Hot on the heels of Kit Cavanagh last week, we're back with another fearless lady. This time posing as a soldier in the first World War, in order to get the scoop. Meet Dorothy Lawrence - the only English woman soldier in the Royal Engineering 51st Division, 79th tunnelling company, during the first world war. I love a sentence that claims something is the first, the tallest, the cleanest.... and then follows it up with a very very specific criteria - and my goodness that is specific! Probably way more specific than it needs to be.
Dorothy didn't originally plan to be a soldier, nor in disguise. She wanted to be a war correspondent. By 1915 she'd already had a couple of articles published in The Times and Nash's Pall Mall Magazine, but couldn't persuade anyone to send her to France. So off she popped on her own. Her first attempt to get close to the front was foiled and she decided she'd have more luck dressed as a man. So retreating to Paris (by bicycle) she found the first of her "Khaki accomplices" who helped here with clothing and taught her to walk like a man.
Perhaps we've also found the answer to last week's question, how to disguise the fact you are not shaving? She "scraped the pale skin of her cheeks to produce a shaving rash" Ouch!
Did she succeed in getting the front? (Well, obviously, yes, given the title of her book about it.) Listen to the pod to hear Alex flesh out that part of her story.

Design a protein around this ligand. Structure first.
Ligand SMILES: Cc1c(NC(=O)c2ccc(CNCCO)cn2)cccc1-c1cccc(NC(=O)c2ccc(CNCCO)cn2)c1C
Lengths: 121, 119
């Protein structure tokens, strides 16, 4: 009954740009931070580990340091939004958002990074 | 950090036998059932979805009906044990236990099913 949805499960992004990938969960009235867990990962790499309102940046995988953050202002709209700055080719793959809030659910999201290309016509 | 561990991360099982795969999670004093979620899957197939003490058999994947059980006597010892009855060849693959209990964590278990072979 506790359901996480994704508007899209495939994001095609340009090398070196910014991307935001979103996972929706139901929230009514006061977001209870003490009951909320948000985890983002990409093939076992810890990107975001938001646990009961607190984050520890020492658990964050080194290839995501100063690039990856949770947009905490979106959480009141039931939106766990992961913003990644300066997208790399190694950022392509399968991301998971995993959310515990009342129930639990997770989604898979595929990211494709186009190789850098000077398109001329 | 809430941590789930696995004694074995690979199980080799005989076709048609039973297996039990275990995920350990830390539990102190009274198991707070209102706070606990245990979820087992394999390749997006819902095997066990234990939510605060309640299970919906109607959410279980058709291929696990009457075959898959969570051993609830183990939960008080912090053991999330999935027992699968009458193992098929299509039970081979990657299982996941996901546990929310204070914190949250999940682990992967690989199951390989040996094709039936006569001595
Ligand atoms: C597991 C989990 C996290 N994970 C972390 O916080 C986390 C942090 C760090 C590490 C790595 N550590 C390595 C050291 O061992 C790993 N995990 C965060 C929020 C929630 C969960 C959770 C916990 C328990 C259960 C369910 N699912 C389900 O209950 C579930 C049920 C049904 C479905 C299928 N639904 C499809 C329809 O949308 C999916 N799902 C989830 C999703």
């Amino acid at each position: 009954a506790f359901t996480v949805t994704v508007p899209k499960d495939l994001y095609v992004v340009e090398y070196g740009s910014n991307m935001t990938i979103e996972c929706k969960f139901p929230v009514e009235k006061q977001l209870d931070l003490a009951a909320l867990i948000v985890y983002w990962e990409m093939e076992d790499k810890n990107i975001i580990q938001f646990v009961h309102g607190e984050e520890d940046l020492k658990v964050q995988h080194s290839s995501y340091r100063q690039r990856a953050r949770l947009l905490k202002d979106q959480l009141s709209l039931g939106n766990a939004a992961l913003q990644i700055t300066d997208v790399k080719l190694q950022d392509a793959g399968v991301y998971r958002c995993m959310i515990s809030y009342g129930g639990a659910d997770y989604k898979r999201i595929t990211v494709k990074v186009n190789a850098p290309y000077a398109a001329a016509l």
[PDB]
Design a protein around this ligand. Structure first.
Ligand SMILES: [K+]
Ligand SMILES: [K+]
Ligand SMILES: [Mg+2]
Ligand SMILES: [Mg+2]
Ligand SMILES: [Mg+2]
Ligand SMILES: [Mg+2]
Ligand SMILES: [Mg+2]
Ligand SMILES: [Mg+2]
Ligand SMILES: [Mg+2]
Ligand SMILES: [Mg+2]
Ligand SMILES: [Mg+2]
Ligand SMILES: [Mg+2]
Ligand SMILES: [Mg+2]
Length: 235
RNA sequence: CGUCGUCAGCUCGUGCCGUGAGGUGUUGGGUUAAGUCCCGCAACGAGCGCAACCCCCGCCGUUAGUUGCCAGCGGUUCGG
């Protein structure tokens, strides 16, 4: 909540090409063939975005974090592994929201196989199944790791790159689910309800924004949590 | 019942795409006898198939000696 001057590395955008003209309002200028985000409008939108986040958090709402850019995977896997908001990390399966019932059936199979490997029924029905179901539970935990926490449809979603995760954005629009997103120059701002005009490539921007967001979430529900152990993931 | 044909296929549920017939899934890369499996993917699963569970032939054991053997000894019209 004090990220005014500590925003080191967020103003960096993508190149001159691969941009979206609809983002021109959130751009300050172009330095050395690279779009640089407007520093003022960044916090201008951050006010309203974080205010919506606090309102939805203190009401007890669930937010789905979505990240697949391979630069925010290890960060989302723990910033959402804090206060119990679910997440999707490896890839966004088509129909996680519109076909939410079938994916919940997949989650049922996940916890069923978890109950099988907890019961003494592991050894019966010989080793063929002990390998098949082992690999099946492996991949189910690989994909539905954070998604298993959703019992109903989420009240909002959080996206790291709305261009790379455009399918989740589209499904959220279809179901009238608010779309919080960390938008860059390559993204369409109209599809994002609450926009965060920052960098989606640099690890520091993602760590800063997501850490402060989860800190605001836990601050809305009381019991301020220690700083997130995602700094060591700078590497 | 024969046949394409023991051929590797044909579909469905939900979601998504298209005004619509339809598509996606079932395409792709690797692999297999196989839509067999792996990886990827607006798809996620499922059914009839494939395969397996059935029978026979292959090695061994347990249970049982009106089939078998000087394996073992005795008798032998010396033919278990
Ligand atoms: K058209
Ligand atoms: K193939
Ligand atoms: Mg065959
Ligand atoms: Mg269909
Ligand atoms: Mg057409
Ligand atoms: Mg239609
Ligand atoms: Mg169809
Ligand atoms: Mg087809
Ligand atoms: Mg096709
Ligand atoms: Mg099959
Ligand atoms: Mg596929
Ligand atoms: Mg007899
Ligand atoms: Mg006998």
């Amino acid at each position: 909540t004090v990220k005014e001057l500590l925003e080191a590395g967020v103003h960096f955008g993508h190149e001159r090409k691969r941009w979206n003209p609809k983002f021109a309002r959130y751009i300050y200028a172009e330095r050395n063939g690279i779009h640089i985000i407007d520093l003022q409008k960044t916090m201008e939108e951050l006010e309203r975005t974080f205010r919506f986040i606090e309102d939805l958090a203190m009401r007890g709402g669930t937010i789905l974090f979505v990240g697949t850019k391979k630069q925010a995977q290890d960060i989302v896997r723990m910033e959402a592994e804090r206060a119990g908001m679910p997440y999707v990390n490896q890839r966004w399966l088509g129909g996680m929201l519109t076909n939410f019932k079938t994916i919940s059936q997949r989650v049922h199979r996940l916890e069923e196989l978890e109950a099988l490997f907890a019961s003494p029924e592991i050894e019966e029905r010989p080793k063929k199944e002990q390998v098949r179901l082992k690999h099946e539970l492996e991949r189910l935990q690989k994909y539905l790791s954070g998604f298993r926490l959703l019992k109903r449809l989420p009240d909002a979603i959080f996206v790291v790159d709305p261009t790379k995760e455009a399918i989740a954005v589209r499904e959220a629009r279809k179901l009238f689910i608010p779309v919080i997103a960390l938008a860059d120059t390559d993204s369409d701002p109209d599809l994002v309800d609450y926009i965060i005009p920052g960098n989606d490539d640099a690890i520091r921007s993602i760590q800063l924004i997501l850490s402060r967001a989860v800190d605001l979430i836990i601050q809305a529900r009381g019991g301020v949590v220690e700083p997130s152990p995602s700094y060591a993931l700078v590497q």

Here she is in an image said to be between 1910 and 1919. Given she was only 14 in 1910, we can probably guess it's from later. She was just 18 when she set off for France with her bicycle and a small amount of cash. "I'll see what an ordinary English girl, without credentials or money can accomplish."
The records of her during the rest of the war are a little hazy. But in 1919 we know she moved to Canonbury in Islington. Perhaps this image is of her around then, with her wartime exploits behind her.
Kit ended her days in an institution - the Royal Hospital Chelsea. So did Dorothy - but less happily. She spent the rest of her adult life in what was then known as the Colney Hatch Lunatic Asylum. Originally sectioned because of her increasingly erratic behaviour, we don't know if it was PTSD from her wartime experiences, or from the sexual abuse she suffered as a child. Or, as we speculate in the pod, just the fact that she claimed her foster guardian had abused her, could have led others to suggest she was insane.
Her memoir has recently been rediscovered, and her story is gradually emerging in different ways. You can read her own words in Sapper Dorothy as pictured at the top. There are two plays about her: The disappearance of Dorothy Lawrence and Over the Top, and several short films, including
Sapper Smith released in 2018. Another film - Blue Pen, named after the censorship committee in WW1, is more concerned with the silencing of her voice as a journalist.
Dorothy's extraordinary story encompasses so many area's of life. A difficult life lived by an remarkable woman.
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And keep a look out on our socials, as announce in the pod, we're going to start asking you which stories you want to hear, in a multiple choice format. Is it multiple choice? maybe it should be called single or double choice.
2 options, 1 choice. Coming soon.
PS. Not the snappiest of slogans. I don't think I've got what it takes to succeed in advertising.